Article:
We drove down to Carpinteria High School for a statewide Odyssey of the Mind competition in 1992. My son Will was a sixth grader and his team was in the competition for the second year in a row. Held at the high school, it drew teams from all over the southern part of the state. If you’ve never been there, Carpinteria is one of the hidden gems of California. With rugged mountains to the east and the Pacific Ocean to the west, it is situated in a way that it can’t grow and so has remained a small town. Tucked in this pocket, the town built it’s school on a large grassy plain at the foot of the Santa Ynez Mountains.
Like all high schools, a large open space on campus is dedicated to athletics. East of the main campus is a large grassy space containing practice football fields and two baseball fields. One being the official field on which league games are played and closer to the school buildings, a practice field. It had a battered backstop, old green painted wood and sagging chickenwire above that. As with most HS fields it had a pitchers mound, and base paths worn in the dry crinkling grass but no actual bases, just round dusty areas where they might be on a practice day.
There was a Junior Varsity game on the real diamond but the old field was about to demonstrate where the real heart of baseball is.
At around one o’clock on that Saturday men began to arrive, walking in from the parking lot they carried an odd assortment of baseball gear. There was an old cotton catchers chest protector, torn here and there, the stuffing poking out in tufts. It had only one old leather strap to hold it on, the other being a piece of cotton rope. Maybe a piece of old clothsline. There were a few old and beaten gloves in evidence but no batting helmets. Two old wooden bats, one obviously held together by nails and duct tape and that was it.
By their looks, the players had just come from the strawberry fields in the surrounding area. Half a day Saturday and a little baseball after. They were universally dirty, scuffed workboots, every variety of trousers, worn at the knees, occasional holes. Everyone wore long sleeves, there are no short sleeves in the fields, sun and prickly leaves are hard on the skin. These were men not boys. Men who labor. You could see the states of Mexico reflected in there stature. Chapparitos from Oaxaca, the occasional Chilango from DF, swarthy skinned round men from the mountains of the Sonora and Chihuahua. Happy men, days work done. Time to do a little ribbing, a tease or two and play ball.
Just as little boys do, the bat was tossed, grabbed by a horny palm and hand over hand to the knob to decide home team and first pick. One by one names were called and stepped to this side or that until all were chosen. Each team had 8 players. They decided that the ninth player on each team would be the last to bat on the opposite team.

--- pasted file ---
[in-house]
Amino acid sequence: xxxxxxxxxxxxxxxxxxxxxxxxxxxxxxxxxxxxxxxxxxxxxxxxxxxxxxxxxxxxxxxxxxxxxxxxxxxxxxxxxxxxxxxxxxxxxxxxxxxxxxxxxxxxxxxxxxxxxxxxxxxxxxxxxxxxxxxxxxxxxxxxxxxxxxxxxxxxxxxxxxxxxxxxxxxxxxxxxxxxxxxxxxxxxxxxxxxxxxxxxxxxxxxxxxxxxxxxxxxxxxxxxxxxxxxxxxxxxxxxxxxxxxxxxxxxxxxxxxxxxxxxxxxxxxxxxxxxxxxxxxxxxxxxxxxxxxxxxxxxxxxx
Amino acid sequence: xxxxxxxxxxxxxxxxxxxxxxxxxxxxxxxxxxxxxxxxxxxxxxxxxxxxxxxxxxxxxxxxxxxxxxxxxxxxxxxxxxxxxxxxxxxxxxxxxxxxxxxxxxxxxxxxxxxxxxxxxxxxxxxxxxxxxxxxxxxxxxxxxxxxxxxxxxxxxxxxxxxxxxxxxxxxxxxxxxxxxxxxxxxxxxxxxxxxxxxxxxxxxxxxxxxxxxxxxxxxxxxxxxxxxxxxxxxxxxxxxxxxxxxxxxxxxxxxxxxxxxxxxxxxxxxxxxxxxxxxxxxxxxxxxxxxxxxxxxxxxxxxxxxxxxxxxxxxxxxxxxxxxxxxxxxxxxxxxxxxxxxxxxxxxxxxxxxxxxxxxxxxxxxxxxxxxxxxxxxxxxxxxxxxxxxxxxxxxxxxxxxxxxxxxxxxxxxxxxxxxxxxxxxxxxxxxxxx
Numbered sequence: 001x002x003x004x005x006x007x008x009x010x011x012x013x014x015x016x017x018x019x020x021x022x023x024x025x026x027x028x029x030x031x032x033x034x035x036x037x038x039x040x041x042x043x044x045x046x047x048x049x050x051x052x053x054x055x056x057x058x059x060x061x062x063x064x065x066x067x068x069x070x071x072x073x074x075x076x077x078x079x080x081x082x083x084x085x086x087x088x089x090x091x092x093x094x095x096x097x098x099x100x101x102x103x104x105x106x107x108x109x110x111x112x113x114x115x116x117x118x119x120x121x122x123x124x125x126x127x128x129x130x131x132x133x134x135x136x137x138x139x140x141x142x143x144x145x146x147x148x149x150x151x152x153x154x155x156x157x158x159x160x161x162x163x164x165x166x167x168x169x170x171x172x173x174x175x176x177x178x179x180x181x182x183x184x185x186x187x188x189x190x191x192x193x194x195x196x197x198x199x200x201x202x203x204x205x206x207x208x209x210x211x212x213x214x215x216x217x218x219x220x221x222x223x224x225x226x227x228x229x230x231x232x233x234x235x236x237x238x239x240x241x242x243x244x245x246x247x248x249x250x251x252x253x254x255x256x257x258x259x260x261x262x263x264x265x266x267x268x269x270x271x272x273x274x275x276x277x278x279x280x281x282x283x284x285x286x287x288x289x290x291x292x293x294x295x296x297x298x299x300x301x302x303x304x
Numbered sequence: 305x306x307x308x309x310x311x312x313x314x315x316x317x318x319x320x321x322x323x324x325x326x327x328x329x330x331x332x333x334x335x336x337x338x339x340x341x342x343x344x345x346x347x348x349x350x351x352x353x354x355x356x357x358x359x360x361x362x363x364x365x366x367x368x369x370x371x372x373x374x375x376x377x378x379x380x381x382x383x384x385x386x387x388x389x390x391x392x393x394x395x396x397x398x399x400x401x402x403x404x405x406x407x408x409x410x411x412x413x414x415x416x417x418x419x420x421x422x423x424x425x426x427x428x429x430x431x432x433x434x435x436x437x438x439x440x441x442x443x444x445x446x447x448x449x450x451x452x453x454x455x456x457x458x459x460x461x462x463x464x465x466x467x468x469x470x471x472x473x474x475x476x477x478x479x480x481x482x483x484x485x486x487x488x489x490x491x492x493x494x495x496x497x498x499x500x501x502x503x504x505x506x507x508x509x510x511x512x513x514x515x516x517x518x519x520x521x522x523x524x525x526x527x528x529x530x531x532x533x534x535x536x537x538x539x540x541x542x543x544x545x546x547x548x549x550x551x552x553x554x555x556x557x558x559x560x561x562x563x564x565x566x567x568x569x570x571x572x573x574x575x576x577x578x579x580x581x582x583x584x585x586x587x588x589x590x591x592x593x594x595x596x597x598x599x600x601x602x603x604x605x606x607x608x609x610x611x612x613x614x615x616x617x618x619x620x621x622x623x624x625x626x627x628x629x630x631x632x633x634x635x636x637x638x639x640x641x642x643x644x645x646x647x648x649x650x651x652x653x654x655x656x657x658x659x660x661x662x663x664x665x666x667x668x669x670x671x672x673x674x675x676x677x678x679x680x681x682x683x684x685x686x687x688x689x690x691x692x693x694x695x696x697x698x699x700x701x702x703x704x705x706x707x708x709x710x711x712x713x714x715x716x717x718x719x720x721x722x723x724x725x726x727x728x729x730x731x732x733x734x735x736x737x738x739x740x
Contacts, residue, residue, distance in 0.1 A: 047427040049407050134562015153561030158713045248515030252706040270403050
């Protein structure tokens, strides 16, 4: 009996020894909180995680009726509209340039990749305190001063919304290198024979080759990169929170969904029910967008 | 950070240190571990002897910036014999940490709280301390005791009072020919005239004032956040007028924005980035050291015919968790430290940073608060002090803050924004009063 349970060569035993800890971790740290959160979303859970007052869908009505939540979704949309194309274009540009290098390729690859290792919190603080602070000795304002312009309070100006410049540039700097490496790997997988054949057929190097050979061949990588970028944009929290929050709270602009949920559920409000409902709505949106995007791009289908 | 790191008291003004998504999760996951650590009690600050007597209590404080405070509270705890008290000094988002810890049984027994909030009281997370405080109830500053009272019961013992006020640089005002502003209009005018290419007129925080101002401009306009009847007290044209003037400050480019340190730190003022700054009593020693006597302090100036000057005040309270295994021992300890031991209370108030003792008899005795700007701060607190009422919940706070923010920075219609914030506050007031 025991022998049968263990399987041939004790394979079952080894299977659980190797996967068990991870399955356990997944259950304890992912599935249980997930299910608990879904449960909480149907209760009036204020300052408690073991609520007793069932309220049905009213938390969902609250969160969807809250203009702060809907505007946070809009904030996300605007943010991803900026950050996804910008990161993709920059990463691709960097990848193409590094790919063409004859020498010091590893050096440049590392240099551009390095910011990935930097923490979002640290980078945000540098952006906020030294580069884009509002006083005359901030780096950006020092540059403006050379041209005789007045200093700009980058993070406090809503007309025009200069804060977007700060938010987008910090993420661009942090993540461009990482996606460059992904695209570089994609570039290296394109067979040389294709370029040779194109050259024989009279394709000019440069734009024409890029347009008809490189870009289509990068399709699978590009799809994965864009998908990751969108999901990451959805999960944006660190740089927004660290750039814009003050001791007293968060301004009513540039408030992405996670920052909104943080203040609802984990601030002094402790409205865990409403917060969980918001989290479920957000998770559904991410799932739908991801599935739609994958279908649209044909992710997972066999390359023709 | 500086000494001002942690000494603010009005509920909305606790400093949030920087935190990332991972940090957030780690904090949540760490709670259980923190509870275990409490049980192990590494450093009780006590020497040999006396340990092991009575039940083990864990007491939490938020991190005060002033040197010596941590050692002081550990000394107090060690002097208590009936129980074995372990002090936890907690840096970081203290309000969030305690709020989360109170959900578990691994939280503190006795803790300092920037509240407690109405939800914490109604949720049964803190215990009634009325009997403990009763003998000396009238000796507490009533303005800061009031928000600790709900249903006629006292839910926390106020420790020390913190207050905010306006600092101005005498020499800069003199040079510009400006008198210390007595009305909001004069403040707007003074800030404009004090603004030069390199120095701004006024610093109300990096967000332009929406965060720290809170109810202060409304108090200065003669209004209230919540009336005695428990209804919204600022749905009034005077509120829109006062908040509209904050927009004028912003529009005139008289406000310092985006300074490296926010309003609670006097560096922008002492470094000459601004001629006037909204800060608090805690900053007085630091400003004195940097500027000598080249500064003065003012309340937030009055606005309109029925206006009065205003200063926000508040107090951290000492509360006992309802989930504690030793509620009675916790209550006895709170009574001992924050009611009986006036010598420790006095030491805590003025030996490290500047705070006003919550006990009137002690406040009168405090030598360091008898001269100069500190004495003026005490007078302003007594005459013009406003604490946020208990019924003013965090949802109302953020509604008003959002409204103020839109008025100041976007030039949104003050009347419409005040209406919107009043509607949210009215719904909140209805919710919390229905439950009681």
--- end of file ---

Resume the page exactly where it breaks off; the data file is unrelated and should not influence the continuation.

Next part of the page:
Ready to go, the defensive players took their positions. The umpire, one of the players wives stood behind the catcher. She didn’t crouch for she had no gear, so she stood, the better to jump out of the way of a wild pitch or foul tip, her only protection a rather battered old Boogie board. The lanky kid who was to pitch toed the imaginary rubber on that dusty little mound, the catcher wearing the old chest protector, one shin guard, a pair of work boots partially unlaced and a tin hard had with a well used catchers mask got ready.
Now I just naturally assumed that this would be the kind of friendly game in which nobody worked too hard or took to seriously but I was completely wrong. The Lanky pitcher wound up and presented the batter with a sidearm throw that came across the plate at better than eighty miles an hour. If you’ve never seen what a good sidearmer can do with a baseball you’ve missing something. They can make the ball hop or dip, wriggling like a worm on a hook. Lest you think the batter was surprised, think again. These guys had obviously played before. The hitter tapped the second pitch over the shortstops head and beat it on down the line, his greatest fan, the umpire, screaming at the top of her lungs, “Apurate, apurate mijo,” as the batter hustled down to first. These guys played for reals.
The game went on for a good two hours. Changing sides, the gloves were exchanged and the catchers gear shared. The other hurler was a stocky dark skinned middle aged man who was a junk ball pitcher. He had a whole bag of tricks. Knucklers, sliders, drops, a rudimentary fastball that he never threw over the plate, not even once. On purpose of course.
The game was an absolute pleasure to watch. There were a couple home runs, one that rolled under the bleachers on the soccer field where the center fielder had to crawl underneath in order to fetch it. There was much laughter and good natured back and forth, the fans, including me had a wonderful time.
Given a good field, proper gear and uniforms, these guys could have beaten a decent high school team. After nine innings of play they packed it up, pulled some cervezas from their coolers and arm in arm walked off the field. They left me knowing that I had just seen real baseball, played just for fun and nothing else. It is still a cherished and serendipitous memory because it was such a surprise and I had it almost to myself. The kind of thing where you sit, hug your knees and smile. Like a fool.
This may seem like a “story” but its not. It really happened. I played and coached baseball for over 20 years and its the only time i’ve seen anything like it. I wish I could see it again. So if you’re traveling somewhere on a Saturday afternoon keep your eyes open, it might happen to you. If you’re lucky.